LEARNING to read the eye muscle area in a live steer is like opening a book, according to nine-time winners of the Lardner Park steer trial Trevor and Lyn Hatch of Athlone.
The couple have used feedback from the competition, which is designed to compare genetics in a controlled grass-fed environment, in their breeding program.
Mr Hatch said any feedback that helped producers to better understand the make-up of the animal they were sending for slaughter was paramount.
"In the early days, we had a high percentage of Simmental and we would always make the weight gain, but couldn't get the fat content, so we added the Angus," he said.
The couple have since extended their Three Oaks stud from Simmental to include Angus, SimAngus, Red Angus and most recently, Limflex, cattle.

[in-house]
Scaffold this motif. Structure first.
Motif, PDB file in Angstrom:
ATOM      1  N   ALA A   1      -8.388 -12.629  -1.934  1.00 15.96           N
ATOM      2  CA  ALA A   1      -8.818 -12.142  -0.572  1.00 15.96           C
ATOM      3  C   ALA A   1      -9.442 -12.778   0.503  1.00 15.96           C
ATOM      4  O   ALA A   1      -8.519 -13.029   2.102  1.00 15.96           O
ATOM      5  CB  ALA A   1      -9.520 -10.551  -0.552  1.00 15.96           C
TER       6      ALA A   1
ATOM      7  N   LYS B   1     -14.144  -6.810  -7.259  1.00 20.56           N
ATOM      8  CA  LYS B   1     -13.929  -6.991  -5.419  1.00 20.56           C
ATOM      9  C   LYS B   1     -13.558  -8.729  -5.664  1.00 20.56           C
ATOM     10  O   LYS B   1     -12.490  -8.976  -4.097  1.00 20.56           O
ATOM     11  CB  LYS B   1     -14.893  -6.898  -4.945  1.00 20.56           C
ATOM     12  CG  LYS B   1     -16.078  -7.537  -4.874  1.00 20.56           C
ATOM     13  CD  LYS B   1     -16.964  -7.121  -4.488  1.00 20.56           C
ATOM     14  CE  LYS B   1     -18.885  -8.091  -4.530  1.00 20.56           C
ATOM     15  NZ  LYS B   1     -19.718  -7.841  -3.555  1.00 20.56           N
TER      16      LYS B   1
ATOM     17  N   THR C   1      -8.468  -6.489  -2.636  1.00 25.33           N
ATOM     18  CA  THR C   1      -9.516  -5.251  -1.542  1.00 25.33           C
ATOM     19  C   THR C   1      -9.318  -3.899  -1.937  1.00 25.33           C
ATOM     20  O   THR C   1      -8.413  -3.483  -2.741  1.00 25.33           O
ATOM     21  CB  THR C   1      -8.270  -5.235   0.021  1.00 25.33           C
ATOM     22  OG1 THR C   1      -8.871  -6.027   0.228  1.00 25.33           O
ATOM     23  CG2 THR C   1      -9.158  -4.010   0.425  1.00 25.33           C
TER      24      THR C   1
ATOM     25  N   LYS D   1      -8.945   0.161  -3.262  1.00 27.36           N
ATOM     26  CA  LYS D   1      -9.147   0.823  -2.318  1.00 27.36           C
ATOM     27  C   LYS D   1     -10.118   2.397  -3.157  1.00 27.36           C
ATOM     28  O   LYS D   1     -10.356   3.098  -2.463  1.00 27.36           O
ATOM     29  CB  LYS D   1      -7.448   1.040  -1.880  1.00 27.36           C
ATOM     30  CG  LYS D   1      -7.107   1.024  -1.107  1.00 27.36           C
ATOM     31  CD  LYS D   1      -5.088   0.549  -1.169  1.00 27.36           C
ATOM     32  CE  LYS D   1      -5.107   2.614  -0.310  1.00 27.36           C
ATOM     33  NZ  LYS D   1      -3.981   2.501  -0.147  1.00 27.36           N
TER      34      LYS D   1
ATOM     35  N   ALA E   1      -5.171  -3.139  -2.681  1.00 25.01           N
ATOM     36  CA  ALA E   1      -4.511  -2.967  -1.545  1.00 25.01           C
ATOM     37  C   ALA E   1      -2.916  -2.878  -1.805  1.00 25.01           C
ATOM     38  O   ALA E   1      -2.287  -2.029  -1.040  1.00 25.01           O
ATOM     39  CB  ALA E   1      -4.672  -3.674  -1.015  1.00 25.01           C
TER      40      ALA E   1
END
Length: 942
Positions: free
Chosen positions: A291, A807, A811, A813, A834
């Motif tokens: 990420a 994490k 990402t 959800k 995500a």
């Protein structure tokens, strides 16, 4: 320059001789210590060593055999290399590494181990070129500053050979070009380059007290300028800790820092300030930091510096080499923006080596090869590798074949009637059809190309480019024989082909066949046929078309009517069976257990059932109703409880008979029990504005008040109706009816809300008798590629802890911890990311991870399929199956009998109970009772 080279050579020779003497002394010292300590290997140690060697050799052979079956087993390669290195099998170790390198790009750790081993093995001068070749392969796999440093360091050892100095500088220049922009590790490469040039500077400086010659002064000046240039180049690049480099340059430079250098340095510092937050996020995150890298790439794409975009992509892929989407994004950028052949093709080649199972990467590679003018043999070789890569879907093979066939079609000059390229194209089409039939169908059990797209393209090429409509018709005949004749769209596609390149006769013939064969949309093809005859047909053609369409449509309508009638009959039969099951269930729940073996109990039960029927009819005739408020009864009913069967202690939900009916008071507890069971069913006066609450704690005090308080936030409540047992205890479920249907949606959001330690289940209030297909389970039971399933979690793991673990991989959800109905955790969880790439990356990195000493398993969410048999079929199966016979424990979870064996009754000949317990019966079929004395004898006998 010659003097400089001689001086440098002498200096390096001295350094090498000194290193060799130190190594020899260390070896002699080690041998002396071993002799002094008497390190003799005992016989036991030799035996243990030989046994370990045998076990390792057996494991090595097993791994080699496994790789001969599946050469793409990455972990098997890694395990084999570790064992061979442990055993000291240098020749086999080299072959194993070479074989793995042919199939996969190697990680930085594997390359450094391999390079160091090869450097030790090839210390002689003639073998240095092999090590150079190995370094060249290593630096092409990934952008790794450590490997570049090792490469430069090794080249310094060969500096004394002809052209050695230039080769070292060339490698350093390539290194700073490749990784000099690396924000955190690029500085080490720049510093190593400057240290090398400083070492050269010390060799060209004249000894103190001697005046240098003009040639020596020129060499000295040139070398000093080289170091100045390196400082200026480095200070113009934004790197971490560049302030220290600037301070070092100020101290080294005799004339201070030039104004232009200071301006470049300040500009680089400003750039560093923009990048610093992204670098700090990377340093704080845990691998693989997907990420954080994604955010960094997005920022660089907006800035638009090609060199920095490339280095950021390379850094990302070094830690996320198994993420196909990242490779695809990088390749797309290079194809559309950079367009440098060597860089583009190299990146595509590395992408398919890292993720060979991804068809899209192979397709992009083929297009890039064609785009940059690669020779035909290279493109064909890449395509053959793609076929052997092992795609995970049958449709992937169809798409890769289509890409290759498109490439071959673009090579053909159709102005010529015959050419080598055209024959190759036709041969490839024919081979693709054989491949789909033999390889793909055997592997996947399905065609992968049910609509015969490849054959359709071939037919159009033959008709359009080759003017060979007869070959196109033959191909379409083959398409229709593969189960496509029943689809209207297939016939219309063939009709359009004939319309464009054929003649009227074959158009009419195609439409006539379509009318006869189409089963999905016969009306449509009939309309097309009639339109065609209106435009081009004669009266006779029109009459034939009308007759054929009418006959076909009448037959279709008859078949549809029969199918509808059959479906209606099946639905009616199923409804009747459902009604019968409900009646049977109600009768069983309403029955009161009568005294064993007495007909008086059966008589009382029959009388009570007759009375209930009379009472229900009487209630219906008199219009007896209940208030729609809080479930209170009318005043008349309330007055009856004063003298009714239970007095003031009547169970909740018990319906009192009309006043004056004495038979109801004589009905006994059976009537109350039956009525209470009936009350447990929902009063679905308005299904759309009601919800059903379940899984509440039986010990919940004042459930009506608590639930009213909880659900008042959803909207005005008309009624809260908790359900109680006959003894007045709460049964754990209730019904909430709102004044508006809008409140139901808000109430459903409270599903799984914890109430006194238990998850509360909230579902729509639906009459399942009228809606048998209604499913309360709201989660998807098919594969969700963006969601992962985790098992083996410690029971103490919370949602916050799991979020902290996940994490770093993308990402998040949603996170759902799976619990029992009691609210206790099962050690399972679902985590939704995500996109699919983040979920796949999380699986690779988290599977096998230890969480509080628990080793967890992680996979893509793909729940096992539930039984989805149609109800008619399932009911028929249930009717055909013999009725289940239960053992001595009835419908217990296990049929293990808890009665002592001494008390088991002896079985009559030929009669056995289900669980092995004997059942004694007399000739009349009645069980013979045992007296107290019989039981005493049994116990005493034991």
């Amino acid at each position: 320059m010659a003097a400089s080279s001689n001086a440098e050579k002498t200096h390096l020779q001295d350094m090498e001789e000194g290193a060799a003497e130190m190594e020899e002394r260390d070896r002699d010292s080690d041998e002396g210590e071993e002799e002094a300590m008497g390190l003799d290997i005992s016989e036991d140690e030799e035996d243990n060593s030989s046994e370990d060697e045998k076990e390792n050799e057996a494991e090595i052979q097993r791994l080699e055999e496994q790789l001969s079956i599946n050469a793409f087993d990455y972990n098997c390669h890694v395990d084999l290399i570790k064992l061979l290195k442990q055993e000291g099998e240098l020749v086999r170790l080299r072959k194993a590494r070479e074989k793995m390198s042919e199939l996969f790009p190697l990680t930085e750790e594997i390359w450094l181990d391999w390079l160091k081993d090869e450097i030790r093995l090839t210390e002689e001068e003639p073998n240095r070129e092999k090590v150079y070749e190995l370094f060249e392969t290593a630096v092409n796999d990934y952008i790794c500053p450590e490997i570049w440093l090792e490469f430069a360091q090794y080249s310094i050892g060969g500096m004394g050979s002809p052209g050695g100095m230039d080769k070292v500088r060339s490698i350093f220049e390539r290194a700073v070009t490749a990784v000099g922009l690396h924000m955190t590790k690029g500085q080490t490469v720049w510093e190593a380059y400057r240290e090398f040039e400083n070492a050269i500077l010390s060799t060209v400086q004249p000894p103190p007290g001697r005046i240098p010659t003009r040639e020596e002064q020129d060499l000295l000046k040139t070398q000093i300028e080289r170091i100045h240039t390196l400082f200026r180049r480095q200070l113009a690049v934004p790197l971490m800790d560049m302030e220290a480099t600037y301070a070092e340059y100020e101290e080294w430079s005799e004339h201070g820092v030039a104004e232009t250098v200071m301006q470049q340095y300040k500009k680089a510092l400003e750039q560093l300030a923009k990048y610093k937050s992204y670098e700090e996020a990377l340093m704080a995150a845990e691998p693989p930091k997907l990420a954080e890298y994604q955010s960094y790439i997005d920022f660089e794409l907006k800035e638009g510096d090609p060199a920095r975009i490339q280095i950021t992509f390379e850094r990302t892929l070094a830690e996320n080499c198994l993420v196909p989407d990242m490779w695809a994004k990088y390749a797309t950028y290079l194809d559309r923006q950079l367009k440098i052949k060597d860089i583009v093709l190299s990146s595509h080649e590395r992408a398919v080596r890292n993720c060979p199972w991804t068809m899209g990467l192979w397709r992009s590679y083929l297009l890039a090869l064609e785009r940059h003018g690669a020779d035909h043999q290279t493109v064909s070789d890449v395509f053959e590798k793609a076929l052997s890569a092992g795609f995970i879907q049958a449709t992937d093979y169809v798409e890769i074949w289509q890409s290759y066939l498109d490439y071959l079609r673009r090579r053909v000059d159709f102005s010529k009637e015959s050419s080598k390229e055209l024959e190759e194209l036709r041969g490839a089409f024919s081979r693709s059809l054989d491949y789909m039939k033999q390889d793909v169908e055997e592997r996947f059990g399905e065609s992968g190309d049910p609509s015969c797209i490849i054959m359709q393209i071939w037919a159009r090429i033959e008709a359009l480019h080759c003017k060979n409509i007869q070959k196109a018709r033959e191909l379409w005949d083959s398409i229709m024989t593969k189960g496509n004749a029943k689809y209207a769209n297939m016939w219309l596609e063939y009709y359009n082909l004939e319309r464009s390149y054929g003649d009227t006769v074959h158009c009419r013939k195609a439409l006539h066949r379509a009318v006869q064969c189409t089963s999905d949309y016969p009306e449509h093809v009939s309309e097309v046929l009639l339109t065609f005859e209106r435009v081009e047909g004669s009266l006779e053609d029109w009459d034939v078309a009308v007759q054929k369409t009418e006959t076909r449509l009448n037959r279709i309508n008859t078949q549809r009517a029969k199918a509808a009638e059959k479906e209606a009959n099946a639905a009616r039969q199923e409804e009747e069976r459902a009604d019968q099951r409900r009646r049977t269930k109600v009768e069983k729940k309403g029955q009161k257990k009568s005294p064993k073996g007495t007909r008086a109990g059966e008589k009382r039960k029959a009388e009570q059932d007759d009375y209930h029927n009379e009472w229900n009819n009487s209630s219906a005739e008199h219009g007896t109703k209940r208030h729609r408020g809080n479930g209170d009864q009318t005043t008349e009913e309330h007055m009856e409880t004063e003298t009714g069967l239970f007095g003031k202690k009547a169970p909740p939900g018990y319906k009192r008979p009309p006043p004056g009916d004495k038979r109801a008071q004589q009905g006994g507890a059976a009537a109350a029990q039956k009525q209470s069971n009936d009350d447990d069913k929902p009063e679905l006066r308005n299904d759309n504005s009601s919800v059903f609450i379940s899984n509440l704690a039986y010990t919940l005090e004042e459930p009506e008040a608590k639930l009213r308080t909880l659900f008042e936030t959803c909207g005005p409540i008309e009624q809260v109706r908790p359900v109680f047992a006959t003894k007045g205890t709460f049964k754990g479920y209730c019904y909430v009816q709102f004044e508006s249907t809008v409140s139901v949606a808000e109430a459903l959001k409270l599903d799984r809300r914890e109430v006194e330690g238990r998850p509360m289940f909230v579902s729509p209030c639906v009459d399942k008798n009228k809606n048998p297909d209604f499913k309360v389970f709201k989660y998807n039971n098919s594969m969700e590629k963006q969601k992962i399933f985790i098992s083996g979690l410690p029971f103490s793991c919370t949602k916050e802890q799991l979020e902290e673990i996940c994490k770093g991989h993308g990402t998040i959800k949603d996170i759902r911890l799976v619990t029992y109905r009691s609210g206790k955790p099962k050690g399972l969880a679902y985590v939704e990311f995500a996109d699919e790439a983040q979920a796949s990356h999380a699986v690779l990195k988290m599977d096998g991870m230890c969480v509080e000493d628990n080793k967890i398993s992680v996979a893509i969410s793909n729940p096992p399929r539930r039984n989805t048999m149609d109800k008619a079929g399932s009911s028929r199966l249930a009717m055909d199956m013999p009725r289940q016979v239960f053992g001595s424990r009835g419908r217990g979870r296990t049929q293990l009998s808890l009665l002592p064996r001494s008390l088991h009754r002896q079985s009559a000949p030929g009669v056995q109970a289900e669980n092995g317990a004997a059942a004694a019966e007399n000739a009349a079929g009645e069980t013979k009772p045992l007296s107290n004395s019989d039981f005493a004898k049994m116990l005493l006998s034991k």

Their program is now producing cattle such as the pair of fourth-generation Simmental-Angus steers that won the domestic-grade section of the competition.
This pair of steers averaged 1.33kg daily weight gain over five months with the higher performing of the two managing 1.44kg/day.
"They are developed to be optimum in every way, not maximum in any way. They are cattle bred to perform on grass," Mr Hatch said.
Event organiser Mark Cockerell said the competition, now in it's 26th year, provided producers with information on growth and carcass quality while demonstrating carcass requirements of the domestic and heavy domestic trade markets.
The cattle were weighed regularly from June to November and the carcasses assessed according to Meat Standards Australia at Radfords of Warragul, with the winners announced earlier this month.
David Meikle of Tarwin Poll Herefords at Meeniyan won the heavy domestic section with a pair of Poll Hereford steers.
Geri Fargas from Lindenbrook Pastoral Company at Pakenham Upper claimed the Radford award for best overall carcass with an Angus-Baizadaise/Angus-Baizadaise steer.